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As a pretty active person all my life, I am really glad I didn’t wait any longer for the surgery. I’m ten years older than you, and, at your age, my 20-year-old ACL reconstruction was holding up pretty well, though I needed several surgeries to deal with the aftermath of that repair. So, there was no need for the TKR for me until my bones took the gloves off, as yours have.

Once I couldn’t get ahead of the pain, it was an easy decision for me. I am not the kind of person who can enjoy life without running, playing recreational games, trying new challenges, walking around town, and so on. My well-being depends on activity. And I have a lot of confidence in orthopedic repair: I’ve had pretty good outcomes so far. I’m definitely struggling with this recovery, partly because rest is an activity at which I do not excel; but it still seems like the right path for me.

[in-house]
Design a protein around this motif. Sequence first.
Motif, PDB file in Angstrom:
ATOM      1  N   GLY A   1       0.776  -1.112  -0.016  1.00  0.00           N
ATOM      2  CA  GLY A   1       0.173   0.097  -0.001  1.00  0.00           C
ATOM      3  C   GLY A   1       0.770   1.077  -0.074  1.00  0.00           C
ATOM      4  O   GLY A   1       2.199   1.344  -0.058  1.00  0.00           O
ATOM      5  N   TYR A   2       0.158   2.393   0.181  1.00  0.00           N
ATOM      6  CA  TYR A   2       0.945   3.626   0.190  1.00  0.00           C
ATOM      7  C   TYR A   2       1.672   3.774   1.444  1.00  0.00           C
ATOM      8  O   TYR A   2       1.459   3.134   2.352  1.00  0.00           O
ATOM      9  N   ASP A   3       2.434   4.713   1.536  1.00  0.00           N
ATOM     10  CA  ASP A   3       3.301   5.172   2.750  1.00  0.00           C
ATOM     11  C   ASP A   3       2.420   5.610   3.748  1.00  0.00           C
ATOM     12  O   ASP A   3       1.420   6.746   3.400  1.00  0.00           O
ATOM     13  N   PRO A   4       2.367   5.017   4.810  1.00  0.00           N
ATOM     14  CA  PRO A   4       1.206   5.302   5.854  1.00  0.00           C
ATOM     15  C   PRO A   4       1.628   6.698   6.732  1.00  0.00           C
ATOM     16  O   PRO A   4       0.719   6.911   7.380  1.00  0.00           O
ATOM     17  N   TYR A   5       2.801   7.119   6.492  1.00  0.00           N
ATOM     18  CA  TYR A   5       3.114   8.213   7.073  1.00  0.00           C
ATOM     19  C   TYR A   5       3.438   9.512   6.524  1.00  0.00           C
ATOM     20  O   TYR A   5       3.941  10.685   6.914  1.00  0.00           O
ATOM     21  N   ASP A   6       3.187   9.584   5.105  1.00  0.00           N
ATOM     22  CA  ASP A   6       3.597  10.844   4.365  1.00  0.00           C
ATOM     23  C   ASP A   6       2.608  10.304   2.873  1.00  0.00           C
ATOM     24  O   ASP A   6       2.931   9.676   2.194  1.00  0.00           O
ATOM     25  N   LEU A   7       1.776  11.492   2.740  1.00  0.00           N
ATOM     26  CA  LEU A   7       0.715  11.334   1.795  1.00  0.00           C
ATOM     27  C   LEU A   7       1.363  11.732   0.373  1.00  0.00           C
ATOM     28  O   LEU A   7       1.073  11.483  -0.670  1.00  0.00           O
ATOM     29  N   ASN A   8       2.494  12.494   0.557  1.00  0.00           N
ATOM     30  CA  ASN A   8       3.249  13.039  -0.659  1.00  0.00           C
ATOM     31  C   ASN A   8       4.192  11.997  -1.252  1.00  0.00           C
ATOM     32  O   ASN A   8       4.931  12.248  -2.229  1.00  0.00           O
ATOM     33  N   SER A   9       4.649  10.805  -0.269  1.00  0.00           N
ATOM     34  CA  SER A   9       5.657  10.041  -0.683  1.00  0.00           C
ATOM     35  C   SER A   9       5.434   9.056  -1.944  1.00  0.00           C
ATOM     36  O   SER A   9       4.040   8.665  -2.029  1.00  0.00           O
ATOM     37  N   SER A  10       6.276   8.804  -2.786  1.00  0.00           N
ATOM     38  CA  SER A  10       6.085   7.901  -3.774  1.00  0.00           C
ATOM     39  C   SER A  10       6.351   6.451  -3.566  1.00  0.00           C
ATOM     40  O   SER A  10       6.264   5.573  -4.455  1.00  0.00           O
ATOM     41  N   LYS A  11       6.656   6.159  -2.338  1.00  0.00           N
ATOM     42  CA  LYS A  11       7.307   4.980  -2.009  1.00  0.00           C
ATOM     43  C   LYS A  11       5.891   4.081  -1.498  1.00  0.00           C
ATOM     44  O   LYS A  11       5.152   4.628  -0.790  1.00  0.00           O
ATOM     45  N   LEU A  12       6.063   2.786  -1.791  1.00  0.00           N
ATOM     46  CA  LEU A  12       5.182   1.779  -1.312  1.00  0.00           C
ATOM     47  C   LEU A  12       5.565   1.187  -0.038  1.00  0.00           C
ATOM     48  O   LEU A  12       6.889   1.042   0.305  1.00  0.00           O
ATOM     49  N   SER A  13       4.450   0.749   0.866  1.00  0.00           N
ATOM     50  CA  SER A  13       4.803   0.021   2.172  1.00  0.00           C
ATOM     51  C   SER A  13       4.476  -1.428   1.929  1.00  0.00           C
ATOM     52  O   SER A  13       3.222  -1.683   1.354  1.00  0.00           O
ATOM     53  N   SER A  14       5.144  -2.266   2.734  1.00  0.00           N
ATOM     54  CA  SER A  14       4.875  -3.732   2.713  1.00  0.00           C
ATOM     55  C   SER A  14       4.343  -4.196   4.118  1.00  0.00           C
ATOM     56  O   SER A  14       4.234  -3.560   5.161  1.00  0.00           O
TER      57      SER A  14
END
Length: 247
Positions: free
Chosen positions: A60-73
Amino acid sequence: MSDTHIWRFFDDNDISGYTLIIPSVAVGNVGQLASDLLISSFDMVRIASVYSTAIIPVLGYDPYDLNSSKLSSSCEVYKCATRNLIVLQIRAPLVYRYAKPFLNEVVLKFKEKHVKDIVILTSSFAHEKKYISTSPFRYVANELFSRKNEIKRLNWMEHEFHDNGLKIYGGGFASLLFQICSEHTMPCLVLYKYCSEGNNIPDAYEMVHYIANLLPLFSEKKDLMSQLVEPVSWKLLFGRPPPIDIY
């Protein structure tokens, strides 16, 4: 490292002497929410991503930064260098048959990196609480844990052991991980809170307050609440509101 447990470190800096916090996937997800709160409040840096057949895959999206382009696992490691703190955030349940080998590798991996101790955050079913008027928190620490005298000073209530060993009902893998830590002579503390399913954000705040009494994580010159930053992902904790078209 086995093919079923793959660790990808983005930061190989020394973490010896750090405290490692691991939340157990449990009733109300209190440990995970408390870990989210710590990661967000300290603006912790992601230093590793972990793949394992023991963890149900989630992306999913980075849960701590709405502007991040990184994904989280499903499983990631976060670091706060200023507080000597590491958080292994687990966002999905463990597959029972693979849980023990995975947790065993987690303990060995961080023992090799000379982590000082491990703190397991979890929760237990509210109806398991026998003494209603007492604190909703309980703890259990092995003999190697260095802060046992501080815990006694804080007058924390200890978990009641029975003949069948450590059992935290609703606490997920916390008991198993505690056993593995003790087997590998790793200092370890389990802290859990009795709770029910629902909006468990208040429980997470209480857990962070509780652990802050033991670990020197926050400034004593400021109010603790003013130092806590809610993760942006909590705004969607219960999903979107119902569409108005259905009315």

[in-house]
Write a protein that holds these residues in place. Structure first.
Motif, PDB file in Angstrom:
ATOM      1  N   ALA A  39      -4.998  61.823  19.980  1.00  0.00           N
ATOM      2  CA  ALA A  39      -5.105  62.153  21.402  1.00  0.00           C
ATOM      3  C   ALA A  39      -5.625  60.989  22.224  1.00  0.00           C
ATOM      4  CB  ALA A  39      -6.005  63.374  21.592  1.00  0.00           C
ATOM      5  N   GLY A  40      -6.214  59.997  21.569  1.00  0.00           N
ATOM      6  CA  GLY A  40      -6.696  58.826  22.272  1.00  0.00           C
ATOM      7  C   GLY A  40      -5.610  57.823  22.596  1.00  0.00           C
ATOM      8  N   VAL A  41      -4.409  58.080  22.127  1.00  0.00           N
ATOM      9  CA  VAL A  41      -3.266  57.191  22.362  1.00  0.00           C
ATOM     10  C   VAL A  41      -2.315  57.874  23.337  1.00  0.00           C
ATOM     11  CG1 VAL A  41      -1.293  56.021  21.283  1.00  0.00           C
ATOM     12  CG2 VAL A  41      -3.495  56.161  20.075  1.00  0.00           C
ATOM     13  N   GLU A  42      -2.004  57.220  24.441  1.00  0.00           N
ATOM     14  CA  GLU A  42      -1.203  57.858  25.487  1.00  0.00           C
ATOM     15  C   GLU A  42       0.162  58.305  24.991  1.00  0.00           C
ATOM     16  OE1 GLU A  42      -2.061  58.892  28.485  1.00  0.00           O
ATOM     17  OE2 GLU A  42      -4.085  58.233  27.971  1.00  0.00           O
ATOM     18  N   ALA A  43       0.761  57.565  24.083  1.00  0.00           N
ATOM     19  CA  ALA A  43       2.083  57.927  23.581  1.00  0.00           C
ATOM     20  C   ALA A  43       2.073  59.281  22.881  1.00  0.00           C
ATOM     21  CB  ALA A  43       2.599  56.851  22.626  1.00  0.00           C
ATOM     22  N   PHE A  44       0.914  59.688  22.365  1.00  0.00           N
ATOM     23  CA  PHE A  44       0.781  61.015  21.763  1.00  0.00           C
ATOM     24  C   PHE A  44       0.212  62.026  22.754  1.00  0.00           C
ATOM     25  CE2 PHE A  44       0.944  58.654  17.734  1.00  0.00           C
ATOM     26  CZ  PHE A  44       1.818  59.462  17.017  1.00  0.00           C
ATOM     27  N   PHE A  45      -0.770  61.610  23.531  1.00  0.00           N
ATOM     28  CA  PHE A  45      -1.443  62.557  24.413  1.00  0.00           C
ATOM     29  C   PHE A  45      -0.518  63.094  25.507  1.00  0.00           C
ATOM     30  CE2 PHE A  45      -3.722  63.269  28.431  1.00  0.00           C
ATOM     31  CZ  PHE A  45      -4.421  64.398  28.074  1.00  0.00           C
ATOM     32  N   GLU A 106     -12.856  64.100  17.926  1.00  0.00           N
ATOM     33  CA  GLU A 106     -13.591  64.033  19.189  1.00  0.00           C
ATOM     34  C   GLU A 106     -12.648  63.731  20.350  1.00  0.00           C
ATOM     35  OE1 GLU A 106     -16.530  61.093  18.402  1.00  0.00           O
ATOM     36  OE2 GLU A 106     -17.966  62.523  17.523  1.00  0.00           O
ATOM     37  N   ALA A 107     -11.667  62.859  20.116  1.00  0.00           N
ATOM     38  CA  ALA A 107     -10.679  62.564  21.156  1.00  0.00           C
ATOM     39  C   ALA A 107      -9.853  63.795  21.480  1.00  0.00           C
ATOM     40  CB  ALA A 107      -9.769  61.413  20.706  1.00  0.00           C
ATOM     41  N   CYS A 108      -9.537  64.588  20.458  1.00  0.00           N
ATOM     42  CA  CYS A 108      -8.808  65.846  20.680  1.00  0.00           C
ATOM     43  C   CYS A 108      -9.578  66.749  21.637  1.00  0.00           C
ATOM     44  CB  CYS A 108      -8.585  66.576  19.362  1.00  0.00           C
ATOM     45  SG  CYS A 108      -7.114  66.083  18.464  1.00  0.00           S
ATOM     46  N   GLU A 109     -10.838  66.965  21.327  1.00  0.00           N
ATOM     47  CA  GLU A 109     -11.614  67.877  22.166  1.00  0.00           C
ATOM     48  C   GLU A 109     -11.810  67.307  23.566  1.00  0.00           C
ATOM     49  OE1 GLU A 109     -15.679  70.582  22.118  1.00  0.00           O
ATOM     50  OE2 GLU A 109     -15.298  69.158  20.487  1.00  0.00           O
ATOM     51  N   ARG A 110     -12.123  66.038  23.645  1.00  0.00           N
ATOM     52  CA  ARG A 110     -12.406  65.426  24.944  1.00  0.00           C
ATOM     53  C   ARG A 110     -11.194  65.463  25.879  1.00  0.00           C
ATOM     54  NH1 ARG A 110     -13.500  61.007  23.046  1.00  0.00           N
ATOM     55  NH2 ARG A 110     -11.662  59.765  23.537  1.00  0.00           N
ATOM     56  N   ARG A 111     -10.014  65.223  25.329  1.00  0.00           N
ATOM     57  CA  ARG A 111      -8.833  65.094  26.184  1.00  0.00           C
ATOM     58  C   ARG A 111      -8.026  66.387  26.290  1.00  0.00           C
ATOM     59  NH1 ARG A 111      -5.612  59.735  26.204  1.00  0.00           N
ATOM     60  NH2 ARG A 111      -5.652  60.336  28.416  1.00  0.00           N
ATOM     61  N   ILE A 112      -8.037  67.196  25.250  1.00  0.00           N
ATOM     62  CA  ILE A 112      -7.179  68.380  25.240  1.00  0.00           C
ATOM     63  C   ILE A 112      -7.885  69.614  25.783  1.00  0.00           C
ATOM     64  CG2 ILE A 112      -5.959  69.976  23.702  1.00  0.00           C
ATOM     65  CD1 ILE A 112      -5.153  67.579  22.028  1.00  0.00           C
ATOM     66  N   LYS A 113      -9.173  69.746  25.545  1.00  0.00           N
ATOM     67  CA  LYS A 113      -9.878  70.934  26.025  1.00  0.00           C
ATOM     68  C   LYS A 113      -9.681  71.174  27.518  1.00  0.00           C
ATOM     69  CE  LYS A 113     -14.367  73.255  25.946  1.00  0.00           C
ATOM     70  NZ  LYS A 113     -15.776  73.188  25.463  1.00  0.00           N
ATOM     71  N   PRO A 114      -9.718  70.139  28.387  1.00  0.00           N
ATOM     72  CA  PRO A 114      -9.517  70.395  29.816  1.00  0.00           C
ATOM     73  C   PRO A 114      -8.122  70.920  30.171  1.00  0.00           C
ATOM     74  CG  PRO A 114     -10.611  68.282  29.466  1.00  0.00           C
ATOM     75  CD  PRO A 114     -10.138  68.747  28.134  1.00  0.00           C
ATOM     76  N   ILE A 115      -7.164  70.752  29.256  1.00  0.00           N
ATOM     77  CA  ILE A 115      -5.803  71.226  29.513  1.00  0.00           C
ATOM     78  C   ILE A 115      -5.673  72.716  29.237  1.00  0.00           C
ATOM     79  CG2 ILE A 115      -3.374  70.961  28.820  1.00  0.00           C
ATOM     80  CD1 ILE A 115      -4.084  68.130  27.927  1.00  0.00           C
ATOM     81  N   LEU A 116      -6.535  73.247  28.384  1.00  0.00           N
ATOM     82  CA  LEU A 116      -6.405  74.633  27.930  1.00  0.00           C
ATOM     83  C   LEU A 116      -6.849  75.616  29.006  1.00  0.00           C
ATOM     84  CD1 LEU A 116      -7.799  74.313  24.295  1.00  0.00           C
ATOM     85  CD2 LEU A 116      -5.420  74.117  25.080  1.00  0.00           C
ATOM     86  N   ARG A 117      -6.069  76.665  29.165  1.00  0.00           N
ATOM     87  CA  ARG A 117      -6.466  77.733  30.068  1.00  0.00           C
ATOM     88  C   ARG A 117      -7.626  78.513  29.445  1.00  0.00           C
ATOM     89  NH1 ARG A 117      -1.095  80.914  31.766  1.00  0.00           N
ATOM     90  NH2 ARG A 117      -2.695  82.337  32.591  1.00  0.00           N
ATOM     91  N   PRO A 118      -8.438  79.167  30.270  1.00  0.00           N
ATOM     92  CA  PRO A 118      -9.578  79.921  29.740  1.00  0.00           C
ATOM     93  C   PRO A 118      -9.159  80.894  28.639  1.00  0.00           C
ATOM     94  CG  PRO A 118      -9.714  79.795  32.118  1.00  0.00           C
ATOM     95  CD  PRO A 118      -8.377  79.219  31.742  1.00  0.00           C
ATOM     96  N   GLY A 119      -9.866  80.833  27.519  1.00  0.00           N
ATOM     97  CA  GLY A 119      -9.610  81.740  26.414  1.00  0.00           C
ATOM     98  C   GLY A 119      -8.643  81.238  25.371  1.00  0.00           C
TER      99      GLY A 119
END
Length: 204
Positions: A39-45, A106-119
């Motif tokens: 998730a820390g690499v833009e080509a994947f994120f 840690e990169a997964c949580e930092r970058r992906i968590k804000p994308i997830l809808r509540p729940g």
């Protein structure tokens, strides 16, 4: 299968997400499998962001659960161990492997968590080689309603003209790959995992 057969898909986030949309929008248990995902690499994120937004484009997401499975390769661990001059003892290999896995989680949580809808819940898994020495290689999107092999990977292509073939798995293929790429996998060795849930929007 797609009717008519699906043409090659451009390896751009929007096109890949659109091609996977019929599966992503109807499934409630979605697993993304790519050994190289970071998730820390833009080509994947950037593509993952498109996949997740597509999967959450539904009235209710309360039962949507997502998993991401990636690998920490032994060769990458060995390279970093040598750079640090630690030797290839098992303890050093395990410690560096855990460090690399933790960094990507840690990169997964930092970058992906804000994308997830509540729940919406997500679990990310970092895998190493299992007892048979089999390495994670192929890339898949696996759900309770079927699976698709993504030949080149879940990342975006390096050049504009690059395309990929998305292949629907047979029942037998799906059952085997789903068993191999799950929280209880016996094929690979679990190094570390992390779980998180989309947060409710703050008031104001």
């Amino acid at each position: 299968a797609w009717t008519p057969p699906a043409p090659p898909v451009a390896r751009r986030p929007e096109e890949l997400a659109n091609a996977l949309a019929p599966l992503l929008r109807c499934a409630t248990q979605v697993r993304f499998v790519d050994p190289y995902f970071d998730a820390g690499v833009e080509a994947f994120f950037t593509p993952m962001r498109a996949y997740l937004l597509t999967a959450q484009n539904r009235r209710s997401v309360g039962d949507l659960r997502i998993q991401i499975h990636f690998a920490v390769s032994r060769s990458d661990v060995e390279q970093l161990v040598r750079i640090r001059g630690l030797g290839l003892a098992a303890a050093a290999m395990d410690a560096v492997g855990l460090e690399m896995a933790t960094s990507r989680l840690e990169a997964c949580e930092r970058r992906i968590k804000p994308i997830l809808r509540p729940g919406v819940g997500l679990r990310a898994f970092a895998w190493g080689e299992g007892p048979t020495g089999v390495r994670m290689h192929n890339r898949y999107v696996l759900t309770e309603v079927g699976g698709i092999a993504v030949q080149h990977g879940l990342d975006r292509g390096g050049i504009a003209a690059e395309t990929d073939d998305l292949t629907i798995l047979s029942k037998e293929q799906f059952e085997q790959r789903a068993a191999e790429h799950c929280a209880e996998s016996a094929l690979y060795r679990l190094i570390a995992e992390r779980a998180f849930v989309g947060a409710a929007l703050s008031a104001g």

I think you’ll find that current implants are lasting longer on average. And, even if you ever wore one out, it might be an even easier process by then.

This is a tough decision. You’ll see on BoneSmart that it’s not a smooth recovery for a lot of us, but it seems like most of us are glad we’ve chosen to have replacement surgery. And we are just the subset of people who choose to join this site for support.

I hope that’s helpful. Keep up the good work, thinking this through and getting healthy. Regardless of what you decide, those things will be very worthwhile.
 
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Having both knees done at once will be tough but the advantage is that you'll be done with it! But make sure you have good wrap-around support 24-7 the first few days or weeks.

Then if you need less, you're ok -- but better too much support available than too little ...:tada:

Continue to read thru the other bilateral stories here, and make sure to prepare your home and options you will need. This site is a grand reference for all things TKR, BTKR etc.